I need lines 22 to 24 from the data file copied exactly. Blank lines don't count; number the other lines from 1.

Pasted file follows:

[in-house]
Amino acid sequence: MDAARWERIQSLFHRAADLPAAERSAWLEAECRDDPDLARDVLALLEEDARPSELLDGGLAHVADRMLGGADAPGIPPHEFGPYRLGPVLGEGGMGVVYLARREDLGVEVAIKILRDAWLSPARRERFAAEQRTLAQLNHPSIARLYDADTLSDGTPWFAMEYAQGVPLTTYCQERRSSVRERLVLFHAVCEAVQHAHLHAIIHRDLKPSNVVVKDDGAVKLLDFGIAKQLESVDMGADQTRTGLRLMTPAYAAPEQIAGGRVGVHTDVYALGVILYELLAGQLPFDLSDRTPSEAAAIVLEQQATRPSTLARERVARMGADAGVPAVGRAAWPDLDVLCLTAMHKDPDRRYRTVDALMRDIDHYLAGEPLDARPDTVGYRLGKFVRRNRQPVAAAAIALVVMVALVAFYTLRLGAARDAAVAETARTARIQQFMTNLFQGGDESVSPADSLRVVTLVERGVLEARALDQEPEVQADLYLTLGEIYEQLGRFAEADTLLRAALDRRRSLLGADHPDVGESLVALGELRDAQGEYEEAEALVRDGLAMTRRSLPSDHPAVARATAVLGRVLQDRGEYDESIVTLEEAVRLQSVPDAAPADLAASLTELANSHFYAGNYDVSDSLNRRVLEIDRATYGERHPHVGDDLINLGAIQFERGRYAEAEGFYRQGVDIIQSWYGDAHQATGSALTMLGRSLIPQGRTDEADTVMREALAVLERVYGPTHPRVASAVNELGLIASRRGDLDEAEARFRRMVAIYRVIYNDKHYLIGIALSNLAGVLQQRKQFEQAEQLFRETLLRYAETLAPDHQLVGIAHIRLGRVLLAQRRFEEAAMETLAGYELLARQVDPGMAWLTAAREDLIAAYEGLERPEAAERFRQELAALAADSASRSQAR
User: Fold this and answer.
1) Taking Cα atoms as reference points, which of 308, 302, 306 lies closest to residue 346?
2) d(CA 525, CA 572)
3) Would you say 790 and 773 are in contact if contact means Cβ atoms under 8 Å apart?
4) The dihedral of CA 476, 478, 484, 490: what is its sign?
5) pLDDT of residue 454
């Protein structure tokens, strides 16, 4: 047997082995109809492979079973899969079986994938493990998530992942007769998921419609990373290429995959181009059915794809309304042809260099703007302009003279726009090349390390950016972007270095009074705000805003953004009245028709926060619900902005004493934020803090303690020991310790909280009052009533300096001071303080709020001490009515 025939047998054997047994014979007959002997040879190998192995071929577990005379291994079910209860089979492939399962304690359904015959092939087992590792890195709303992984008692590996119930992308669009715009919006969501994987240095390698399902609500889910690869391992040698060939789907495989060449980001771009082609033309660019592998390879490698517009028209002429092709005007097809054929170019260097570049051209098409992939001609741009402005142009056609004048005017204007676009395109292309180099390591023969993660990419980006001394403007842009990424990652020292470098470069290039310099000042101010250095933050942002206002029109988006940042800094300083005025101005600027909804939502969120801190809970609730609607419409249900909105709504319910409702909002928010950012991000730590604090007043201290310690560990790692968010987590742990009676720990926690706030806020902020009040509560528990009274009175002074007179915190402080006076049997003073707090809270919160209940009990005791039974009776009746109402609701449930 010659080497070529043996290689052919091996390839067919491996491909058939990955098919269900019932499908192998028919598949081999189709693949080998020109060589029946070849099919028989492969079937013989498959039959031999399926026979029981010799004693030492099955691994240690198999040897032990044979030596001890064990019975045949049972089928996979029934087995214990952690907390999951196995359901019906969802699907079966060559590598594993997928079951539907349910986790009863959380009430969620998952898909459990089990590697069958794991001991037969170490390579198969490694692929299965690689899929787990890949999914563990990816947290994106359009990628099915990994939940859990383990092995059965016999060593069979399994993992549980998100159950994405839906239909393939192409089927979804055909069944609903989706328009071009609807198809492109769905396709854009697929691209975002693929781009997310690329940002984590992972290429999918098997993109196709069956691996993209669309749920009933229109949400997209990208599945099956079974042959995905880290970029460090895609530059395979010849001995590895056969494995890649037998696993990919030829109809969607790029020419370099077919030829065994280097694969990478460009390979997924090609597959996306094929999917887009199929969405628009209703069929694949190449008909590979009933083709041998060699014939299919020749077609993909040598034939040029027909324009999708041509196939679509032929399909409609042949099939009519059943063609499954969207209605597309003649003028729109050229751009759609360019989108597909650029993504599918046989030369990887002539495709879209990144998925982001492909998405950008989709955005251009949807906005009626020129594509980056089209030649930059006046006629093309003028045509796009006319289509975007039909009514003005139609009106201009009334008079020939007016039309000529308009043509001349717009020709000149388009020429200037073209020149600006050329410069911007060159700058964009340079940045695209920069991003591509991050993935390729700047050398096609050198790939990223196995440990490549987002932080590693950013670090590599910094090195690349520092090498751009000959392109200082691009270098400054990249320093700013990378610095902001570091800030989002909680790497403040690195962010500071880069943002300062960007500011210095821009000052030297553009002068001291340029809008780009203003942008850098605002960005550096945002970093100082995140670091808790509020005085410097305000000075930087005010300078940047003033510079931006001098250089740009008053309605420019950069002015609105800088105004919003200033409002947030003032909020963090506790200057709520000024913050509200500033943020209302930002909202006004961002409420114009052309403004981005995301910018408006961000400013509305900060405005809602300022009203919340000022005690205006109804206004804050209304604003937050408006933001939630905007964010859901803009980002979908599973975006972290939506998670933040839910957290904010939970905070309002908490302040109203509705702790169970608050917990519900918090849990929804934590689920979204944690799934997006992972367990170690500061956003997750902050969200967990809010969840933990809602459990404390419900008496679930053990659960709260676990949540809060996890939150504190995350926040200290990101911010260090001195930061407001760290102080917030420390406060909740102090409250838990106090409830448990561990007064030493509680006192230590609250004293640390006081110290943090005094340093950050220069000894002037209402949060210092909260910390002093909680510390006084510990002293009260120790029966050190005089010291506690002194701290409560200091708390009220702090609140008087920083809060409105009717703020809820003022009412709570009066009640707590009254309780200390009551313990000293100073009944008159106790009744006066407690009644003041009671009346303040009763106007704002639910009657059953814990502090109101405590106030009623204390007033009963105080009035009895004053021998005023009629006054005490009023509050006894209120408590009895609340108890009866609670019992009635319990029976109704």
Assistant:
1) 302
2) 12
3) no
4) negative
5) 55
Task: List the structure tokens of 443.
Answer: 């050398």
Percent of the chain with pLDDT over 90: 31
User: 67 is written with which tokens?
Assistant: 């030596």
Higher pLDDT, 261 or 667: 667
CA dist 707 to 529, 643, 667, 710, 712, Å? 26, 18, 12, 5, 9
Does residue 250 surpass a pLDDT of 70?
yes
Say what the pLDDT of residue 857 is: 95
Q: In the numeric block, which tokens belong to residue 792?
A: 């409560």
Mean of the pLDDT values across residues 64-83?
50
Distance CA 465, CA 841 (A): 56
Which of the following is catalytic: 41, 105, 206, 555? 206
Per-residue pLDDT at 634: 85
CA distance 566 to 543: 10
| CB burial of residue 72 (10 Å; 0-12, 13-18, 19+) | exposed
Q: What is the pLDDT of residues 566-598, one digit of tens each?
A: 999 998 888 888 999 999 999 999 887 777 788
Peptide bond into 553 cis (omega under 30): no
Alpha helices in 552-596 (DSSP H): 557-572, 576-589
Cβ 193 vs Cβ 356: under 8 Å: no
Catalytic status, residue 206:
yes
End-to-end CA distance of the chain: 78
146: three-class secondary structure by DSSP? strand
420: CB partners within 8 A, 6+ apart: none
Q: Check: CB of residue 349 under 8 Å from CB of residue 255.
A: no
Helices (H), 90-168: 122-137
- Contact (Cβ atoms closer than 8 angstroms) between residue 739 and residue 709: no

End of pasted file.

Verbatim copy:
CA dist 707 to 529, 643, 667, 710, 712, Å? 26, 18, 12, 5, 9
Does residue 250 surpass a pLDDT of 70?
yes